The pursuit of the Inquisition
While Christoph Columbus had limited his establishment in the West Indies, in 1519 Cortes discovers South America and begins the conquest from the current Mexico, the Portuguese had their foot in Brazil as early as 1500 (thinking to discover a new archipelago) which in a mysteriously timely manner had fallen into their possession following the Treaty of Tordesillas which in 1494 decided to divide the world between Spain and Portugal with the Pope’s blessing. Other European countries are not left out, Jacques Cartier discovers Canada in 1537 without visibly realizing the importance of the continent discovered (North America).
The hegemony of Spain and Portugal on the new world will be questioned only later, while waiting for the gold and the riches of the new world abound in the Iberian peninsula comforting the monarchs of these countries that the decision of to expel the Jews from their kingdom has been beneficial to them and has brought them the divine blessing. This blessing, however, will not be eternal, and soon these countries will disappear from the front of the European stage and the international scene.
For the generation that interests us it is not yet the case, gold and other riches of the Americas flock to Spain and Portugal.
In Spain, the Jews officially disappeared in 1492, those who remained necessarily converted, sometimes sincerely, sometimes with the hope of being able to return to the Jewish religion after the storm passed. The inquisition persecutes them in the first decades after the expulsion in order to keep only sincere new Christians.
In our generation, Spain could consider having gotten rid of its Jews, including crypto-Jews. Soon, she will look into the fate of the new Christians (Jews sincerely converted to Christianity). Portugal had pronounced the expulsion of its Jews in 1497, leaving at first a certain freedom to the Jews accepting the conversion, guaranteeing them of any inquiry into the reality of their conversion for twenty years. However, the commitments, when they concern the Jews and that they are favorable to them are rarely definitive and rather quickly the crypto-Jews Portuguese take refuge in the clandestinity.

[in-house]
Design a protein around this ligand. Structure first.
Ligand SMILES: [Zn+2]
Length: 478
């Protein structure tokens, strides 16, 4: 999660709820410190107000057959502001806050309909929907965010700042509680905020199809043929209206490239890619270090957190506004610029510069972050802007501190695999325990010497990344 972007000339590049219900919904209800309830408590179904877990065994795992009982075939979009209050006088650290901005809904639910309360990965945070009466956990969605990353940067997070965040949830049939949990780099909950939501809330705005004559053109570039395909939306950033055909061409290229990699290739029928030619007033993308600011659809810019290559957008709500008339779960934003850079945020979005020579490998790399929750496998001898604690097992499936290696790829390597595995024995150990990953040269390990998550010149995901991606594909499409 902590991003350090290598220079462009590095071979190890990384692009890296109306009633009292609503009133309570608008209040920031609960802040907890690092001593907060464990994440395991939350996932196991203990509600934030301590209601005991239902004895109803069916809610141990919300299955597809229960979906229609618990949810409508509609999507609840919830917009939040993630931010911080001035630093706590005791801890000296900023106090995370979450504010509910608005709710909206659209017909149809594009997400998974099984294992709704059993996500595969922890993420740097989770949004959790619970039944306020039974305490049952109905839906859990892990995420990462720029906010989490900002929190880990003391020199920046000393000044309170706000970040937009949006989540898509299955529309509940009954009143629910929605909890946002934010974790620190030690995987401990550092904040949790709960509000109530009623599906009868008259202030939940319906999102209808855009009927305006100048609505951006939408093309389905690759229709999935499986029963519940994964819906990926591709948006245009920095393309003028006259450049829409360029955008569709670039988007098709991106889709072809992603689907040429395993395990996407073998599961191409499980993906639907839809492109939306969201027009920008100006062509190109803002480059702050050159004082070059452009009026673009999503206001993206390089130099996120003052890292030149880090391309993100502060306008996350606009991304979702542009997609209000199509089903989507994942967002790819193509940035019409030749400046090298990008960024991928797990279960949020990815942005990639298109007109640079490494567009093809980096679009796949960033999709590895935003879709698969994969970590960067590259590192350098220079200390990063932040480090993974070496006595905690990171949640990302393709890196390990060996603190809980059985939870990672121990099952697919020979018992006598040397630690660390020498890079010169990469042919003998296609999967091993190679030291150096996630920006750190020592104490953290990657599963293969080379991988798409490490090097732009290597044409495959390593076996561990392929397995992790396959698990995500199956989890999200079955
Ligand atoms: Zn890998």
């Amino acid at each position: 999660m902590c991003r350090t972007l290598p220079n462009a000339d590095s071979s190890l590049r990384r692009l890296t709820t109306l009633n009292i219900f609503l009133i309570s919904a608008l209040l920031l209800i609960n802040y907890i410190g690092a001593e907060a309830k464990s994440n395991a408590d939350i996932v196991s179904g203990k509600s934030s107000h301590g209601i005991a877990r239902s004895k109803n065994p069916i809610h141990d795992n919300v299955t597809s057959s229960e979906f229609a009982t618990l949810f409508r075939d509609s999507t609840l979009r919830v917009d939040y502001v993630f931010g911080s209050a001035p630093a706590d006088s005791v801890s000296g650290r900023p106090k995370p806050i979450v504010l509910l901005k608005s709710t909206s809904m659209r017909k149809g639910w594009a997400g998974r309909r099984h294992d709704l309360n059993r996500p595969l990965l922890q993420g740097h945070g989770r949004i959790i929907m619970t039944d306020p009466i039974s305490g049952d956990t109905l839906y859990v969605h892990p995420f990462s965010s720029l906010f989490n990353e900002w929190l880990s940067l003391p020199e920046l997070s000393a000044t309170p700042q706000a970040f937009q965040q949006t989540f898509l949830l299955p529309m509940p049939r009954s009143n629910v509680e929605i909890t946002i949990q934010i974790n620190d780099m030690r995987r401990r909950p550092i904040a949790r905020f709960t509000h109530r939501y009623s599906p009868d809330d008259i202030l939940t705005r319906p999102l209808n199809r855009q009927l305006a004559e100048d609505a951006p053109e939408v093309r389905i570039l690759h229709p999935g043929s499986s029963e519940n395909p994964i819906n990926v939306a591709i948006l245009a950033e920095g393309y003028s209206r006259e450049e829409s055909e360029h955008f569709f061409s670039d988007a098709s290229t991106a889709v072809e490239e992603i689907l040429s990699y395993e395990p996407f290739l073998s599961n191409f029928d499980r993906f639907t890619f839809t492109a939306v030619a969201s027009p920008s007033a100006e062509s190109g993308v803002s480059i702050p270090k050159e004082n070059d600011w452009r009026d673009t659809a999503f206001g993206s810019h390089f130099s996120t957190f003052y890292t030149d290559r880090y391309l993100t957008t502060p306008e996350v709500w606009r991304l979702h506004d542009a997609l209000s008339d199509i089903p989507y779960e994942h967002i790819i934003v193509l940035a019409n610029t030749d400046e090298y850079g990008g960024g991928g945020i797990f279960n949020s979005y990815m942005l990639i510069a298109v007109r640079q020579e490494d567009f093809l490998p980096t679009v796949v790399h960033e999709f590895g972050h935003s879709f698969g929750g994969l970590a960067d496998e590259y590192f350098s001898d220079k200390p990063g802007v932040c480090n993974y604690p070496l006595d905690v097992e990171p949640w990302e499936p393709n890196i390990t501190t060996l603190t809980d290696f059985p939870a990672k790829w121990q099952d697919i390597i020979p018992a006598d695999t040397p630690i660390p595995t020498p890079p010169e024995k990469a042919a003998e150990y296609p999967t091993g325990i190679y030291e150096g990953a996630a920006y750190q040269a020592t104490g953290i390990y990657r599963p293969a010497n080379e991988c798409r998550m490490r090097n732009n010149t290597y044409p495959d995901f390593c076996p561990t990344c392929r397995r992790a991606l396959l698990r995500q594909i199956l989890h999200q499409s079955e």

Simultaneously with the expulsion of the Jews in 1492, Spain discovered a new world. In the generation that interests us, Spain and Portugal perceive fabulous riches from this new world, even if they are illusory and will probably contribute to the drift of these countries in future generations.
This seeming prosperity seems to reward the efforts of these countries in their defense of Christianity, in their efforts to make definitive disappear Judaism, implanted for more than a millennium, their lands. With the extension of the Inquisition to Portugal in 1536, it will now affect converts by force unlike the first Spanish inquisition that affected only Jews who had chosen the choice of conversion (although the possibilities of choices were restricted).
This culminating point of the fate of the Jews in Iberian soil justifies the end of the psalm of this generation:
(extract of the psalm 123 associated to this generation, verses 4)
- Our soul is fully sated with the ridicule of the complacent, the contempt [shown] to the valley of doves.
 Renée Neher-Bernheim: “Jewish Life in the Holy Land, 1517-1918”. Chapter: “The sixteenth century”. (French: «La vie juive en Terre sainte, 1517-1918». Chapitre : « Le XVIe siècle ». (p. 50/51) )
 Renée Neher-Bernheim: “Jewish Life in the Holy Land, 1517-1918”. Chapter: “The sixteenth century”. (French: «La vie juive en Terre sainte, 1517-1918». Chapitre : « Le XVIe siècle ». (p. 53/58) )
 Esther Benbassa and Aron Rodrigue: “History of the Sephardic Jews”. Chapter: “Economy and Culture”. (French: « Histoire des Juifs sépharades ». Chapitre : « Économie et culture ». (p. 161) )
 Renée Neher-Bernheim: “Jewish Life in the Holy Land, 1517-1918”. Chapter: “The sixteenth century”. (French: «La vie juive en Terre sainte, 1517-1918». Chapitre : « Le XVIe siècle ». (p. 60) )